Paper available for download here.

September 2021

A Privacy Testbed for IT Professionals: Use Cases and Design Considerations

Prepared by Joseph Gardiner, Mohammad Tahaei, Jacob Halsey, Tariq Elahi and Awais Rashid

Abstract: We propose a testbed to assist IT professionals in evaluating privacy properties of software systems. The goal of the testbed, currently under construction, is to help IT professionals systematically evaluate and understand the privacy behaviour of applications. We first provide three use cases to support developers and privacy engineers and then describe key design considerations for the testbed.

Paper available for download here.

August 2021

Polynomial Representation Is Tricky: Maliciously Secure Private Set Intersections Revisited

Prepared by Aydin Abadi, Steven Murdoch, Thomas Zacharias

Abstract: Private Set Intersection protocols (PSIs) allow parties to compute the intersection of their private sets, such that nothing about the sets’ elements beyond the intersection is revealed. PSIs have a variety of applications, primarily in efficiently supporting data sharing in a privacy-preserving manner. At Eurocrypt 2019, Ghosh and Nilges proposed three efficient PSIs based on the polynomial representation of sets and proved their security against active adversaries. In this work, we show that these three PSIs are susceptible to several serious attacks. The attacks let an adversary (1) learn the correct intersection while making its victim believe that the intersection is empty, (2) learn a certain element of its victim’s set beyond the intersection, and (3) delete multiple elements of its victim’s input set. We explain why the proofs did not identify these attacks and propose a set of mitigations.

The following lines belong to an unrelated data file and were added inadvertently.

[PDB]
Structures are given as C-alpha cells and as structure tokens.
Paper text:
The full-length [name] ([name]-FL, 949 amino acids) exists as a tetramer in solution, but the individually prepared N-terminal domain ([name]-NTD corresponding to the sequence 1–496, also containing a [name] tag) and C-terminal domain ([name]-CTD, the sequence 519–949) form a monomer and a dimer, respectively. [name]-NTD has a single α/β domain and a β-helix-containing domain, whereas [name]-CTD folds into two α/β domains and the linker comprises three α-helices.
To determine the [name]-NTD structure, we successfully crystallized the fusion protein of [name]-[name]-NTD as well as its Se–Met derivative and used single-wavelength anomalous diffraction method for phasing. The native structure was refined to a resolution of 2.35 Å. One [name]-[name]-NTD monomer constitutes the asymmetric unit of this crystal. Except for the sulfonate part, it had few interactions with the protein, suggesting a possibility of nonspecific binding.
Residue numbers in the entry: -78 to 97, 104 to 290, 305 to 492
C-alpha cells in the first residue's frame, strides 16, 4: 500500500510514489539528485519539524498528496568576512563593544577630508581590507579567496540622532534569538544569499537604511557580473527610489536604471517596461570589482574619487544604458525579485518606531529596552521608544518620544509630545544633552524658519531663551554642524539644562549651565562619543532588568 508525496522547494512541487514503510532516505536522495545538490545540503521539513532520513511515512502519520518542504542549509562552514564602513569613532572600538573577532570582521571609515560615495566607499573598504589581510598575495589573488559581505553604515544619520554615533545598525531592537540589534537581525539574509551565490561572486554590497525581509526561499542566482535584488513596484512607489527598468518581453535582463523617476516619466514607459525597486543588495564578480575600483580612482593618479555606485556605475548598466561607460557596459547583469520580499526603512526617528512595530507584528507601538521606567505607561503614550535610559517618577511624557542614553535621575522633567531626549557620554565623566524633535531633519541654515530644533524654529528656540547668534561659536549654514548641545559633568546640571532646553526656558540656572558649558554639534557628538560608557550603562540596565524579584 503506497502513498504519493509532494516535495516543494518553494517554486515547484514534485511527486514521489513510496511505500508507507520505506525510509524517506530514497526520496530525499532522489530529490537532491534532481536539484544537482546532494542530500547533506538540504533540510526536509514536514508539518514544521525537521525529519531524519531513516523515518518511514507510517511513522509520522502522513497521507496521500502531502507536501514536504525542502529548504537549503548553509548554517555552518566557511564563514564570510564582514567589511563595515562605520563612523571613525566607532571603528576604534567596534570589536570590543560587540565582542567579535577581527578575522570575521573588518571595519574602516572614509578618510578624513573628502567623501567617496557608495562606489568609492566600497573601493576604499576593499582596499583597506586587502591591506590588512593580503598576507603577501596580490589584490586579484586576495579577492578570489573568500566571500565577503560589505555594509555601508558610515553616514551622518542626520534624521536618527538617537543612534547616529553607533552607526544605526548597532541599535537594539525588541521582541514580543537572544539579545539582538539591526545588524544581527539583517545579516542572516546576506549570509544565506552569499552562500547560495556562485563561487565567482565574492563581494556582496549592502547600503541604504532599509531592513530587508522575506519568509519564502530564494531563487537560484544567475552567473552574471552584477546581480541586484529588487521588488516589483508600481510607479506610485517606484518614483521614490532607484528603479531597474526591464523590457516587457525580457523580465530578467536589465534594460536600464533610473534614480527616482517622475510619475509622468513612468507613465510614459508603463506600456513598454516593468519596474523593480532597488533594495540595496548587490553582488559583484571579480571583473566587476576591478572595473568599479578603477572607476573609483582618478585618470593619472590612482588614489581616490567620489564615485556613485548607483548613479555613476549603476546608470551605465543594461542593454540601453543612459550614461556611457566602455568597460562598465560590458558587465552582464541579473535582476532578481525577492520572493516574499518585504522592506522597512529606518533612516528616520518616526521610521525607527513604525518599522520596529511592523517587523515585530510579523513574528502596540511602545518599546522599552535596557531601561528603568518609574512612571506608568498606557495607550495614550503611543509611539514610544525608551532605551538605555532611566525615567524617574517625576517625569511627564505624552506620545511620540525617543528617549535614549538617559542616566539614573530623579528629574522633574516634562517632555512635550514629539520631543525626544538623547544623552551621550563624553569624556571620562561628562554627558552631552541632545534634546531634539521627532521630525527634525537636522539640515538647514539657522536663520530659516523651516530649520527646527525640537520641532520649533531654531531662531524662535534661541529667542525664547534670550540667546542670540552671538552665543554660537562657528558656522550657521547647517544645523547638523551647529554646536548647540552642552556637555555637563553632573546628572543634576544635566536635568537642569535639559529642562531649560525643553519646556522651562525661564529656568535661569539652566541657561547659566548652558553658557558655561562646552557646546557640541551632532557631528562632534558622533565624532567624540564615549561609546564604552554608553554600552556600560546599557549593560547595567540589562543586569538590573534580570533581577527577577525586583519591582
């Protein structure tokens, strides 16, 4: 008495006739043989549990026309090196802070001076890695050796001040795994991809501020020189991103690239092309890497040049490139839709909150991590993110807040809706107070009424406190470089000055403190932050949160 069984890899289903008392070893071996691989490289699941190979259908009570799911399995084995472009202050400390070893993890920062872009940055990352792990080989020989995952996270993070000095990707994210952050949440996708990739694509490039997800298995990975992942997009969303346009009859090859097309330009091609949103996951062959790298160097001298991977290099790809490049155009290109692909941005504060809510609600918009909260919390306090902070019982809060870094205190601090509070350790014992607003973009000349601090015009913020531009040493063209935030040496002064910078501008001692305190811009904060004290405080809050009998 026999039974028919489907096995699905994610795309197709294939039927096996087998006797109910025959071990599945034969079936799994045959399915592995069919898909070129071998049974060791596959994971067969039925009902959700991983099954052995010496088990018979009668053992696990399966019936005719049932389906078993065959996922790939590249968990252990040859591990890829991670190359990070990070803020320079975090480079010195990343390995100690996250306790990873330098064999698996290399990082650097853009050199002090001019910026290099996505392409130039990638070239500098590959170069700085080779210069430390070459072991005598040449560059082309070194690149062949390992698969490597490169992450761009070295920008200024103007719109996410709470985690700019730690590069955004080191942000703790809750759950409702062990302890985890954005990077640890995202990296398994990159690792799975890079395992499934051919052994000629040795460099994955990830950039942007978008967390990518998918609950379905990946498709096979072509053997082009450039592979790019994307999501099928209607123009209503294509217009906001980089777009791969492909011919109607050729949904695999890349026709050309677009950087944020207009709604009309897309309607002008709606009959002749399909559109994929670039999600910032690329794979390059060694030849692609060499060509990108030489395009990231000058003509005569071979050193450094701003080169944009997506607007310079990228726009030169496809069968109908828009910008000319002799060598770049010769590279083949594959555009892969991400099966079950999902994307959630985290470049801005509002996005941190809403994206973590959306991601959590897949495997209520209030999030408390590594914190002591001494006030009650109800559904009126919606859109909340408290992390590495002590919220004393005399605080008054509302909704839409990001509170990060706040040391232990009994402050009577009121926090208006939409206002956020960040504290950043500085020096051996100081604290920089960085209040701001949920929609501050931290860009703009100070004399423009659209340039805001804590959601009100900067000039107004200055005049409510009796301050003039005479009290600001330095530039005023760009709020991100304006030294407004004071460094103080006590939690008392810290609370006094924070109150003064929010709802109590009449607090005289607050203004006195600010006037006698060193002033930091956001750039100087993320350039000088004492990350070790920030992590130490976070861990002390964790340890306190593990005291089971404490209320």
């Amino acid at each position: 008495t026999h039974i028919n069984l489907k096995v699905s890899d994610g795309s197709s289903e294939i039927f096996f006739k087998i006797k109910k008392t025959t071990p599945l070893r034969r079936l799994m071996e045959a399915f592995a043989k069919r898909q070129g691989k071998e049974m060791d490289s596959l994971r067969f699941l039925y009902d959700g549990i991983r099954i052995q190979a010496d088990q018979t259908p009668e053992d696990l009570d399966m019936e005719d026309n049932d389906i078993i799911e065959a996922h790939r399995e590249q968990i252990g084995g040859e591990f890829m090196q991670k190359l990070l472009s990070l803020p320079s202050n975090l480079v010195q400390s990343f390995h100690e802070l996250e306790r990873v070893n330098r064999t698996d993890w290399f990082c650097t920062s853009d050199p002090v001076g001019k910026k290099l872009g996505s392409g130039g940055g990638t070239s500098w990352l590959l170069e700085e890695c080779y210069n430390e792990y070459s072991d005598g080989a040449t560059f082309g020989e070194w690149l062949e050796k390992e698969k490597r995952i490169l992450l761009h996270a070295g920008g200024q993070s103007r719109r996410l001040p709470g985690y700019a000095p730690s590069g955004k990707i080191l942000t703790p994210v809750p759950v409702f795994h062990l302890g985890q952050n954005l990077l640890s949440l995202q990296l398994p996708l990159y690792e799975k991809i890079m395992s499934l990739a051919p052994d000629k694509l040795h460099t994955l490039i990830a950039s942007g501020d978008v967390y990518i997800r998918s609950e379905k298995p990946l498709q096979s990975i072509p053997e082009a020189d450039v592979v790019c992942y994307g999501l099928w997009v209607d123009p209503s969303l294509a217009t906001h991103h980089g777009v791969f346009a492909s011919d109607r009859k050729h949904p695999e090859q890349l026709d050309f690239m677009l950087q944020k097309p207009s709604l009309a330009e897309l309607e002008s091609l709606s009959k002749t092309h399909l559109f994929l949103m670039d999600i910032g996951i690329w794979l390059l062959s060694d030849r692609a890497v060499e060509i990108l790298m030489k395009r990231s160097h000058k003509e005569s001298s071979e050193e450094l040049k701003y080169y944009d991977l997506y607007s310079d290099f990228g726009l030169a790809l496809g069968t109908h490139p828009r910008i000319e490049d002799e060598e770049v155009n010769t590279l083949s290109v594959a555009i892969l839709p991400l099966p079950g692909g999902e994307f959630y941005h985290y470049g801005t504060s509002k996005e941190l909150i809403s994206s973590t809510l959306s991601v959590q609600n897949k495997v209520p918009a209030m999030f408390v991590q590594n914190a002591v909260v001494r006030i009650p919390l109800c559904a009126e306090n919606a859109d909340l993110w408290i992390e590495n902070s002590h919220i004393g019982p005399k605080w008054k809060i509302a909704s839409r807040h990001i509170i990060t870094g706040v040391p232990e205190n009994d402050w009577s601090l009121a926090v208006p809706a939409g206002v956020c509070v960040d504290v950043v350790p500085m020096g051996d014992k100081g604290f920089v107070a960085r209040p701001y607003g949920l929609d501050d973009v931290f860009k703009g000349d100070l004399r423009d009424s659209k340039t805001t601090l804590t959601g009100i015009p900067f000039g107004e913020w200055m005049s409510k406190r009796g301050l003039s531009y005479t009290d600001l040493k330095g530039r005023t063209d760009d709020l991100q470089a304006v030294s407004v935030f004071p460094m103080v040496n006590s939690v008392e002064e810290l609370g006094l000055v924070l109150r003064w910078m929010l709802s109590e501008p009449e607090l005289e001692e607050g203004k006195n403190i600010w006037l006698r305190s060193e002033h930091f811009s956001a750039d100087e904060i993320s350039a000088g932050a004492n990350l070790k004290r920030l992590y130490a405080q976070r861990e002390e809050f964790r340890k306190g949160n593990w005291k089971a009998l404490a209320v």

Paper available for download here.

March 2021

Towards Data Scientific Investigations: A Comprehensive Data Science Framework and Case Study for Investigating Organized Crime and Serving the Public Interest

Prepared by Erik van de Sandt, Arthur van Bunningen, Jarmo van Lenthe, John Fokker

Abstract: Big Data problems thwart the effectiveness of today’s organized crime investigations. A frequently proposed solution is the introduction of ‘smart’ data science technologies to process raw data into factual evidence. This transition to – what we call – data scientific investigations is nothing less than a paradigm shift for law enforcement agencies, and cannot be done alone. Yet a common language for data scientific investigations is so far missing. This white paper therefore presents guiding principles and best practices for data scientific investigations of organized crime, developed and put into practice by operational experts over several years, while connecting to existing law enforcement and industry standards. The associated framework is called CSAE (pronounced as ‘see-say’): a comprehensive framework that consists of a business process, methodology, policy agenda and public interest philosophy for data scientific operations.

Paper available for download here.